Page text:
GMPV2/IG20Magmas, Melts, and Magma Mixing: from lab to nature (including 2010 Robert Wilhelm Bunsen Medal Lecture) (co-organized)
|Co-Conveners: Cristina De Campos , Max Wilke , Diego Perugini|
Melts and magmas play an important role in many processes of the Earth and have had major influence on the evolution of this planet, both near the Earth surface and in its deeper interior. Still our understanding of the physical, chemical and structural properties and the interaction between magmas and melts, referred to as magma mixing, is rather finite. There is a complex interplay between atomic scale structures and dynamics of the melt network, which controls the macro-scale behaviour of the bulk magma but also the chemical evolution during ascent and crystallization. Such interplay dictates the petrologic evolution of magmas and is responsible for the observed geochemical patterns of volatile release and trace element abundances. From a petrological point of view, investigation of the interaction between mafic and felsic magmas is often essential for deciphering the chemical composition of the end-member primary melts, the latter often essential for constraining tectonic settings. From a volcanological point of view, the replenishment of a sub-volcanic magma reservoir with less evolved magmas is considered to be one of the processes triggering explosive eruptions.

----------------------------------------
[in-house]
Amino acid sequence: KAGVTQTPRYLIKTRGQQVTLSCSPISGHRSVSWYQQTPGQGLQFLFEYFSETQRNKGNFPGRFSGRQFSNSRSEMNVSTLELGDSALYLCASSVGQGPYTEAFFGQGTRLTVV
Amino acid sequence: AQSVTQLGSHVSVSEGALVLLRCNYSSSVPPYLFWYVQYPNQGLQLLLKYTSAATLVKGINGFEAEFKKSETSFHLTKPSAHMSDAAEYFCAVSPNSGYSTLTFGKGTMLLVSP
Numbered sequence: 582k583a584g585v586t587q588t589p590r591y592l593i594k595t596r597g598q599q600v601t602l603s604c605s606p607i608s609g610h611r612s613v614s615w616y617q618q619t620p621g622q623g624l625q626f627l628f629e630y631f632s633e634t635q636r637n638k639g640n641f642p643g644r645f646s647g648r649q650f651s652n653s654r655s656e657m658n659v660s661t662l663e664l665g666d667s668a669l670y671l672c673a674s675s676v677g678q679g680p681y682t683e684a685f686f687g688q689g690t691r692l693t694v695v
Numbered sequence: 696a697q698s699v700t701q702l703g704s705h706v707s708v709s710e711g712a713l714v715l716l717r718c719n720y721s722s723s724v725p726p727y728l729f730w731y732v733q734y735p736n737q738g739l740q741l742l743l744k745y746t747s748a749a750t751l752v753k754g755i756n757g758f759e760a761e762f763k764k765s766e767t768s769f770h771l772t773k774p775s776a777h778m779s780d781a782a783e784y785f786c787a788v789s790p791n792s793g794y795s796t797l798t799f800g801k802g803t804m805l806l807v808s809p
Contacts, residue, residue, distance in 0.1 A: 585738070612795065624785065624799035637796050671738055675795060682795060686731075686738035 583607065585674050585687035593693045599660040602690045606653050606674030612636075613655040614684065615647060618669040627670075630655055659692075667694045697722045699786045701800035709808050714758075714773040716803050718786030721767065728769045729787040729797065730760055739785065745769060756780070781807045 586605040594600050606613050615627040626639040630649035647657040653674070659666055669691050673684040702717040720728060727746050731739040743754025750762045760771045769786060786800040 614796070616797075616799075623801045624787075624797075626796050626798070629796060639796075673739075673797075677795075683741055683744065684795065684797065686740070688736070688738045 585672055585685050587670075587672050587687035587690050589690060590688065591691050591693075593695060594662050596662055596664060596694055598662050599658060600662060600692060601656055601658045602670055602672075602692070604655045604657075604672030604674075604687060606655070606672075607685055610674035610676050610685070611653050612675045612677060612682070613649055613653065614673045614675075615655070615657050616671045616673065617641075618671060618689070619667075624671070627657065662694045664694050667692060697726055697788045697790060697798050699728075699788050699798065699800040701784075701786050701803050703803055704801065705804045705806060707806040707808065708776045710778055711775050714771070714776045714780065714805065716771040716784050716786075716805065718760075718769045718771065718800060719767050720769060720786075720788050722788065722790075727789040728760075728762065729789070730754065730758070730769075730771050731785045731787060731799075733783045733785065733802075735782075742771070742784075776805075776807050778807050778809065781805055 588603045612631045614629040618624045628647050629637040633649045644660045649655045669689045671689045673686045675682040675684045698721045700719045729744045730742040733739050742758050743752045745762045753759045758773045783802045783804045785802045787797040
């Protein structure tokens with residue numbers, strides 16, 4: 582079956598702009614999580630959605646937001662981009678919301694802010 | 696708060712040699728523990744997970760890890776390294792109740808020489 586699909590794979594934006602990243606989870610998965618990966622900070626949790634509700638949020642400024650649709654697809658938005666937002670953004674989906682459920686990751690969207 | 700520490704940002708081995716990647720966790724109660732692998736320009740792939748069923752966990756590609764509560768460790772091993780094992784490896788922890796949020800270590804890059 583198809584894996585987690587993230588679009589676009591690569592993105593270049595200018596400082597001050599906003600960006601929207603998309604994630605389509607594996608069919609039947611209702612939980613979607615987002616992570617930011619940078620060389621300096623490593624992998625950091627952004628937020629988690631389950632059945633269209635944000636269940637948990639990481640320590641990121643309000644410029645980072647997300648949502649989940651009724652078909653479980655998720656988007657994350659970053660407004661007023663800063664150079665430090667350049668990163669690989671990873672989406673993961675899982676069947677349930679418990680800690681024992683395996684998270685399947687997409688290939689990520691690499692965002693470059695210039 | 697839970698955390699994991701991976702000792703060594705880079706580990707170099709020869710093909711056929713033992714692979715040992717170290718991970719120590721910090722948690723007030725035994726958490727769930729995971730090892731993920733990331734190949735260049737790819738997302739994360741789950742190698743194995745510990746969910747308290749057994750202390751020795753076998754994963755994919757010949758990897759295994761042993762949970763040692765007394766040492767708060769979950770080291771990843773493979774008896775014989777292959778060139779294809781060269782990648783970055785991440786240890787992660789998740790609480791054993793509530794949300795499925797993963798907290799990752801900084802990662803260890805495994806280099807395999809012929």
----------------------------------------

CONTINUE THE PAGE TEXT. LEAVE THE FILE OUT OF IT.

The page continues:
This session brings together a broad range of topics on research deciphering the chemical, physical, structural and mixing processes in melts and magmas by lab experiments or observations on natural rocks.
The following oral presentation is canceled:
Rob English, Rhodri Williams, Tom Dobbie, David Heyes, and Nick Petford: "New experimental approaches on the rheology of magma slurries".